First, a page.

For the first few weeks, try to make each day a mix of training and accomplishment by breaking large tasks into manageable learnings. That way, the new person is always learning, and always producing.
9. Start Providing Feedback Right Away
Feedback is key for a new employee. Eager to please, they want to know when they’re doing well, and when things could be better. Try to provide small course corrections (“Next time, let me review your expenses before you turn them in to Accounting.”) and compliments (“I understand your presentation was a big hit today.”) on a daily basis. Then, at the end of the first week, have a sit-down discussion with the new hire. Ask for their honest feedback, and provide your own observations, advice and criticism.
In these situations, providing compliments comes easily for most managers, while criticism is more difficult. The best criticism is direct, honest and constructive. Don’t beat around the bush. Make clear what didn’t work, provide your opinion why, and make clear how you would like things handled differently next time.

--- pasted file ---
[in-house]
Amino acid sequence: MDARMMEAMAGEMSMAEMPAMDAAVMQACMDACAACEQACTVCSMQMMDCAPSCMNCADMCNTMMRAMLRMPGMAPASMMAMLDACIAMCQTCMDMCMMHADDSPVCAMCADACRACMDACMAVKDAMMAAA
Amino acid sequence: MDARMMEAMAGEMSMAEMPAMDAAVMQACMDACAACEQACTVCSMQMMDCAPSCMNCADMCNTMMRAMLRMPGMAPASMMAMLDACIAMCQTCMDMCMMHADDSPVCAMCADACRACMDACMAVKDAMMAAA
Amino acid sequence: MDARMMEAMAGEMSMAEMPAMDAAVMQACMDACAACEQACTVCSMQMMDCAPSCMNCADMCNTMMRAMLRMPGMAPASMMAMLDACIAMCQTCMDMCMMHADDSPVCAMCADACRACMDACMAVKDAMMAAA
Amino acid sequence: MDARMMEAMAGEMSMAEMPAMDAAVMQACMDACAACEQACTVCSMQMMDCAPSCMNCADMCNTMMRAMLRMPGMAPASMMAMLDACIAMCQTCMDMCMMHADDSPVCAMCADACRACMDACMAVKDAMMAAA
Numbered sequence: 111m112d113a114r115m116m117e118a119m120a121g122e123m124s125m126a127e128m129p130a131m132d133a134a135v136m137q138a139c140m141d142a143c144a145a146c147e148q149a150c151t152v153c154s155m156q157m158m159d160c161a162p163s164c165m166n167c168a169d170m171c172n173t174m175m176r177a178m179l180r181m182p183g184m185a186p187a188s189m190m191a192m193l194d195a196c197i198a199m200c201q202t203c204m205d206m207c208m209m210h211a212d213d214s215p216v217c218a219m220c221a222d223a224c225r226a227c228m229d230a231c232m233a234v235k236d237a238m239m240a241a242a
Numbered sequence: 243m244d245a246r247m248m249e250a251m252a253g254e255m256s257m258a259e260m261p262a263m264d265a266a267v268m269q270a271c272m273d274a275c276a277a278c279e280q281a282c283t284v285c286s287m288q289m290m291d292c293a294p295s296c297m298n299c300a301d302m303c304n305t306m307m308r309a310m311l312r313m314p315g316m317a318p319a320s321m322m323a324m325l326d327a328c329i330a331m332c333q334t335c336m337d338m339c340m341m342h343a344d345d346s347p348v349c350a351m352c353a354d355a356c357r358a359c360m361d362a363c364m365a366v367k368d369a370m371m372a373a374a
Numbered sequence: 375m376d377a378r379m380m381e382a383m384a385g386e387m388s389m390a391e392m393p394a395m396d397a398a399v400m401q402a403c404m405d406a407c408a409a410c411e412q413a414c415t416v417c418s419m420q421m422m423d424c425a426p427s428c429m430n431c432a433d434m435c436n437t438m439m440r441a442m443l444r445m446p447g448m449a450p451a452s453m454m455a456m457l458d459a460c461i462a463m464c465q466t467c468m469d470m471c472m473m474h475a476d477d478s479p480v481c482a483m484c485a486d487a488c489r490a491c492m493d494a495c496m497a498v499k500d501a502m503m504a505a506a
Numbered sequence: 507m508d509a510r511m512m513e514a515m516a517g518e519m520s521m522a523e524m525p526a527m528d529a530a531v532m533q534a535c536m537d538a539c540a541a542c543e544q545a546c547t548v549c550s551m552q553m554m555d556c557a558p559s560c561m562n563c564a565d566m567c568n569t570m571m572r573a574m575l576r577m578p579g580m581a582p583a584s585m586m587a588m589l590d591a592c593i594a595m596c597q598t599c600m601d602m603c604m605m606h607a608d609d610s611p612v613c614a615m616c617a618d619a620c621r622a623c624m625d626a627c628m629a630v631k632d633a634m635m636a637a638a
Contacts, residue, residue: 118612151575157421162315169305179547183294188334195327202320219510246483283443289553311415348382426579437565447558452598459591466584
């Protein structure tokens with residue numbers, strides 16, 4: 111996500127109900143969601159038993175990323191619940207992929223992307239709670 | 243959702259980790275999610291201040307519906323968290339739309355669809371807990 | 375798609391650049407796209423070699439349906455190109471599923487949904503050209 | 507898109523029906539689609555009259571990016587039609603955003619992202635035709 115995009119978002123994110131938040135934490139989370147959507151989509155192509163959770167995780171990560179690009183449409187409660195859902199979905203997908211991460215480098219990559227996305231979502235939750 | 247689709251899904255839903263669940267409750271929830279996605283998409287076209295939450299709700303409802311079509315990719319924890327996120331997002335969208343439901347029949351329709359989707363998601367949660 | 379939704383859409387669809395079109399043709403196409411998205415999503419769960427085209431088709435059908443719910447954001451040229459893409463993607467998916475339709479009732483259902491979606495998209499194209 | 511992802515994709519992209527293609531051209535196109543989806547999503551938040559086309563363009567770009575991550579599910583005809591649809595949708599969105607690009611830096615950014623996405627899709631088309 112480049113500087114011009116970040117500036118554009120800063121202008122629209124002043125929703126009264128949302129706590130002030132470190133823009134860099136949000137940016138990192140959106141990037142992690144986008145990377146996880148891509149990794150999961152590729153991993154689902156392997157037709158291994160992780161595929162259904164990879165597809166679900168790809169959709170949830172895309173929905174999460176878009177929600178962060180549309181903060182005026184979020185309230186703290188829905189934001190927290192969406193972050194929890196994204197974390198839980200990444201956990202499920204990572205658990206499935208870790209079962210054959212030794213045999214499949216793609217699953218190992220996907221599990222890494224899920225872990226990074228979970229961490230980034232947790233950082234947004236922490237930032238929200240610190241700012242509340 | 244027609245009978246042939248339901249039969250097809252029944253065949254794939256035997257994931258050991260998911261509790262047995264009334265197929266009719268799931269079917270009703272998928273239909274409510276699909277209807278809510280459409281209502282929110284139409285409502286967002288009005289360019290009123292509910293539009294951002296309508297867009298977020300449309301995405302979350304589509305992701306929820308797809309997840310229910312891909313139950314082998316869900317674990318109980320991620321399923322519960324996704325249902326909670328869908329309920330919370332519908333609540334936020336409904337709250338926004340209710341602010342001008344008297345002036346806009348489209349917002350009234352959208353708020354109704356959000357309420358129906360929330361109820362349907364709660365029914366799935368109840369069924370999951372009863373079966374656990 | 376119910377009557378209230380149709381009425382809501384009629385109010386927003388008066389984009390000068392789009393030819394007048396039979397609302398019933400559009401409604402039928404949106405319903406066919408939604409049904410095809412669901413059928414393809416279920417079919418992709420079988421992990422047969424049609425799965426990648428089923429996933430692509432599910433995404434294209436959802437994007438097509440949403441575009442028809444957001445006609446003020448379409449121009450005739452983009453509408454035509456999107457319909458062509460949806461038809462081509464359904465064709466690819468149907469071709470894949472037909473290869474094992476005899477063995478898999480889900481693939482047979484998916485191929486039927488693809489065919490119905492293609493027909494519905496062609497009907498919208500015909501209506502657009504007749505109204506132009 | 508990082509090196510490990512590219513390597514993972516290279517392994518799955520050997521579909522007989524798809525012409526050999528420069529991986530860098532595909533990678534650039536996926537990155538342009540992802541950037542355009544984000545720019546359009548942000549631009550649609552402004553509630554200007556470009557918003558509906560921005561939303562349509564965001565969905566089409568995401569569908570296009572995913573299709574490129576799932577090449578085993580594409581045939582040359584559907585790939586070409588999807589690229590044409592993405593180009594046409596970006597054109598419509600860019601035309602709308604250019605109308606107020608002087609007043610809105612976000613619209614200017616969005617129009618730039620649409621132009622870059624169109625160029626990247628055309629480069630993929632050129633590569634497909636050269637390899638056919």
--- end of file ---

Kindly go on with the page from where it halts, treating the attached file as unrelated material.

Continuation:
After three weeks, provide your recruiter or staffing partner with an update. Let them know the specific areas where the new employee is meeting or exceeding expectations, as well as the areas where they are falling short. Honest, on- the-job feedback is the only way staffers can evaluate the processes and research used to recruit candidates. Target sometime around day 45 for a formal, written review that will go in the new hire’s employment file.